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No way out or around roadwork
Dam project creates traffic jams on Hwy. 20
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Forsyth County News

 


Buford Dam Road at Lake Lanier has been closed for less than a week, but already motorists and area businesses are finding it difficult to adjust.

“It took two hours to get home on Monday night,” said Stacy Padin, owner of Discovery Point child development center on Sanders Road, off Buford Dam Road.

The 2-mile stretch of repaving being handled by the U.S. Army Corps of Engineers has shut down Buford Dam Road from Samples Road, a couple miles east of Padin’s business, to East Bank Park on the other side of the lake in Gwinnett County.

Roadwork has been limited to daytime hours, said Lisa Coghlan, spokeswoman for the corps district office.

While it could ease traffic, crews are not operating at night “because it’s not safe to do so,” she said.

A delay in getting started and the sporadic rain have had no impact on the duration of work and “the end construction date we’re still looking at is Nov. 5,” Coghlan said.

To get across the lake, drivers must take either Hwy. 20, to the south, or Hwy. 369, to the north.

Eastbound traffic along Hwy. 20 has been backing up for miles, at times from as far as Trammel Road in Forsyth to Suwanee Dam Road in Gwinnett.

Compounding the situation in Gwinnett, construction crews are working during the day at the Hwy. 20-Suwanee Dam Road crossing.

Padin has discovered her own secret route to get home using various back roads. But it still takes an hour, which is more than twice as long as it took before the roadwork began.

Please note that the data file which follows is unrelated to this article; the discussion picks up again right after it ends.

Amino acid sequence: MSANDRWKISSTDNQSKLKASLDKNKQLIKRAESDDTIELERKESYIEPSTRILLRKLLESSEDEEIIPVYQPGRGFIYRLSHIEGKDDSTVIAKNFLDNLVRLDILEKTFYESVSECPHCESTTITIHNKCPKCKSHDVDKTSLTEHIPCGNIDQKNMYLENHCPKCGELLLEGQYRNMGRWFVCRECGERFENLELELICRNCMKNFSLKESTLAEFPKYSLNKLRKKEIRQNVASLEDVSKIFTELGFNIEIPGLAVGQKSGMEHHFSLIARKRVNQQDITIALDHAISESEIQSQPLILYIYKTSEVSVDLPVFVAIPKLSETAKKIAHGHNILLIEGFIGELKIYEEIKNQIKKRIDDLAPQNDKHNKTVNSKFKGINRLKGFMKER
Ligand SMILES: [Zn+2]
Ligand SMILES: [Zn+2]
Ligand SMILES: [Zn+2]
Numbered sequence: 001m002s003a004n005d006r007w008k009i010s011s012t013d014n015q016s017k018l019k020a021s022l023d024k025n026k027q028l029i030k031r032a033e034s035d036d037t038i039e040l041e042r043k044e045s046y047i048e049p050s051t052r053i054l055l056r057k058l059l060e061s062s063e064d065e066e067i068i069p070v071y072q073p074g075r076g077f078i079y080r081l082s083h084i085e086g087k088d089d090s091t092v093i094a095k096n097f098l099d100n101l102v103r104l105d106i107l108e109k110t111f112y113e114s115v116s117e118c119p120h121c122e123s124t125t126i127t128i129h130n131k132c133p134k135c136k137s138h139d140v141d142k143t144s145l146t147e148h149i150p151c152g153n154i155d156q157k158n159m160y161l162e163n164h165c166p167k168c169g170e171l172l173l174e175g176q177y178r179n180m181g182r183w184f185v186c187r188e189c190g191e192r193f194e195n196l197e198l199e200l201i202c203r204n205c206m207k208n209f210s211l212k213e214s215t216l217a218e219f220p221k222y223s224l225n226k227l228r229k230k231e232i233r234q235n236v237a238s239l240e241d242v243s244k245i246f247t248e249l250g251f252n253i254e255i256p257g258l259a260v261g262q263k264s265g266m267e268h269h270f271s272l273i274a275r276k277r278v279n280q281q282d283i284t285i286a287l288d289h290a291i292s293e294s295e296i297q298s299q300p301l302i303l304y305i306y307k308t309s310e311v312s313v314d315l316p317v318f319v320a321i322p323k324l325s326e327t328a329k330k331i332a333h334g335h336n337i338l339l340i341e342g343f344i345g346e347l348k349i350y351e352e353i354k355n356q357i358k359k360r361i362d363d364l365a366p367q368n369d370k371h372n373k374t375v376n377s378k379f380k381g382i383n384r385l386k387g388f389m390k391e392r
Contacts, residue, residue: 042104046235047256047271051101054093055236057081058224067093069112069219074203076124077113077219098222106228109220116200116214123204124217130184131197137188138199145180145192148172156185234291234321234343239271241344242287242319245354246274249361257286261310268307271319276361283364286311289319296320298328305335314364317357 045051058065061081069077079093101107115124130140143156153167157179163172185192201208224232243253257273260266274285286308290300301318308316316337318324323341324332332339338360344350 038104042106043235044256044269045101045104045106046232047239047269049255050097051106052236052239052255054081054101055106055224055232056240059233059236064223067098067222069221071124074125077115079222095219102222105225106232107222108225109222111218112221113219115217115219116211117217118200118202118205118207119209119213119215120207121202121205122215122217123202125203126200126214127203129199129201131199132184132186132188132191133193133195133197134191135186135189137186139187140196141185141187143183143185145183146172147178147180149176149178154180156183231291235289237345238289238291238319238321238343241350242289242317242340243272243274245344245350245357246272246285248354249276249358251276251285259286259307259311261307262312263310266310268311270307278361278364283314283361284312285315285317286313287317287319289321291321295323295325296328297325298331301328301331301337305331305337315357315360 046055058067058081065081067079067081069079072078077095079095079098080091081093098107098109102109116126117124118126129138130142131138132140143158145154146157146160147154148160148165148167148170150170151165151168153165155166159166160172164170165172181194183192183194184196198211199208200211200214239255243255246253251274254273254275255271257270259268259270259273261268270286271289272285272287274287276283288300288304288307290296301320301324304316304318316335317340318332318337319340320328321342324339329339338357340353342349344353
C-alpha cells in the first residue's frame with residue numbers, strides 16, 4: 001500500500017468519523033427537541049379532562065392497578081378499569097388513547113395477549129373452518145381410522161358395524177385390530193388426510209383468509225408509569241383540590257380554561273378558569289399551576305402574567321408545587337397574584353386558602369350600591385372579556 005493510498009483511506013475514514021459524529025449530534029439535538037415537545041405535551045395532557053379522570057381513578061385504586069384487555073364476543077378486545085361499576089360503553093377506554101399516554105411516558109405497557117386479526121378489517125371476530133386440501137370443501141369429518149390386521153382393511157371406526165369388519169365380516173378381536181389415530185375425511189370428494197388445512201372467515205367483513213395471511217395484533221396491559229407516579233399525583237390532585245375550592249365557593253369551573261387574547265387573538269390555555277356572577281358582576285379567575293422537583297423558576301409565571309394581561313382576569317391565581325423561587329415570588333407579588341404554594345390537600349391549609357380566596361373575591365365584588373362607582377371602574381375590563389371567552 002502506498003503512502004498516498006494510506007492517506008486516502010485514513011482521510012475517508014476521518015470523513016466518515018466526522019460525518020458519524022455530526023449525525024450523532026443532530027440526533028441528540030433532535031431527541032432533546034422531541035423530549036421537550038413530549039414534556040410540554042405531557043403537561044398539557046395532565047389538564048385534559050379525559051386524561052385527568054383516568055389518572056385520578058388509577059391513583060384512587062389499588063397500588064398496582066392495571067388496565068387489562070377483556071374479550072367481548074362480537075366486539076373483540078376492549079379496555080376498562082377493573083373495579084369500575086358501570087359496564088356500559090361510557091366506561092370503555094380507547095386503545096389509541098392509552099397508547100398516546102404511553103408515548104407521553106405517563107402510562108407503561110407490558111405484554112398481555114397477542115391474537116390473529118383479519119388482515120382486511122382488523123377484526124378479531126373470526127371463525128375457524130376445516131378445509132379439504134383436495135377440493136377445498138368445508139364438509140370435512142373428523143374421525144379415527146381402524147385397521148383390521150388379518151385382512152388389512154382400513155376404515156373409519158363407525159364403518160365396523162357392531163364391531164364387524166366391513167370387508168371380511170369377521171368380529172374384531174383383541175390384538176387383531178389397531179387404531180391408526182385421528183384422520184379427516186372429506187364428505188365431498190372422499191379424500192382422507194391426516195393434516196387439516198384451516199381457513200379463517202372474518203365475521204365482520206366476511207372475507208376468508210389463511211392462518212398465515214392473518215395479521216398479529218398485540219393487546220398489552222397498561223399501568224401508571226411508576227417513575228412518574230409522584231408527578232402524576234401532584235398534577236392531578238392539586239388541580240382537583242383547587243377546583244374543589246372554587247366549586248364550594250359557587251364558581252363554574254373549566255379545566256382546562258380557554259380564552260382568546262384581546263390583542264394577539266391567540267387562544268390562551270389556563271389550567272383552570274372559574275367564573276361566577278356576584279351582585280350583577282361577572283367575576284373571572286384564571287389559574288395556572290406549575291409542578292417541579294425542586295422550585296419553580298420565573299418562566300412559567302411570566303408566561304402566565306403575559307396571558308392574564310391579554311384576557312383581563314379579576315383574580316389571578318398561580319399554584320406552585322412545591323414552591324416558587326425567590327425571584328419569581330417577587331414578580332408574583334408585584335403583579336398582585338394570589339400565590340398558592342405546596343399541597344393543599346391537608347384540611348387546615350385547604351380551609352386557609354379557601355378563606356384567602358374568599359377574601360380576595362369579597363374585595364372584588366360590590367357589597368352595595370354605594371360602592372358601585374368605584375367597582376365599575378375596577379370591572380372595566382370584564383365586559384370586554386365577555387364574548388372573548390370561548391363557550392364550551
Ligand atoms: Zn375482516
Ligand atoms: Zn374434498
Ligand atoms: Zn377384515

For Eddie Akbarshahi, owner of Buford Dam Quick Stop at Buford Dam and Samples/Lanier Beach South roads, the construction has been nothing short of a nightmare. In fact, he has seen business nearly grind to a halt.

“It is very hard,” he said. “We are trying to get by with this road construction.”

Akbarshahi said the decline started when Forsyth County repaved Buford Dam Road between Sanders and Samples roads. At times, the corridor was reduced to one lane, with a pilot car leading traffic through.

Crews also remade the intersection where his store sits, adding turn lanes and straightening the severe angle of the crossing.

“That one affected our business a lot because it was only one-way traffic,” Akbarshahi said.

“It was a big line of cars, so people passing by that traffic didn’t have time to stop. Now the effect is worse because the whole road is shut down.”

Akbarshahi said he’s tried to cut staff hours, but there are some expenses he just can’t avoid. Once the road reopens, he may hold some promotions to remind customers the store is still there.

“I wish Forsyth County had some kind of help or options to help businesses that have lost business during this construction,
especially in this economy,” he said. “The economy is bad by itself and this had added to its effect.”

Once the corps’ project is complete in early November, the 10,000 motorists who use Buford Dam Road every day will have a break until winter.

Come February or March, the next project likely will begin as the city of Cumming begins to widen the road between Hwy. 9 and Sanders Road.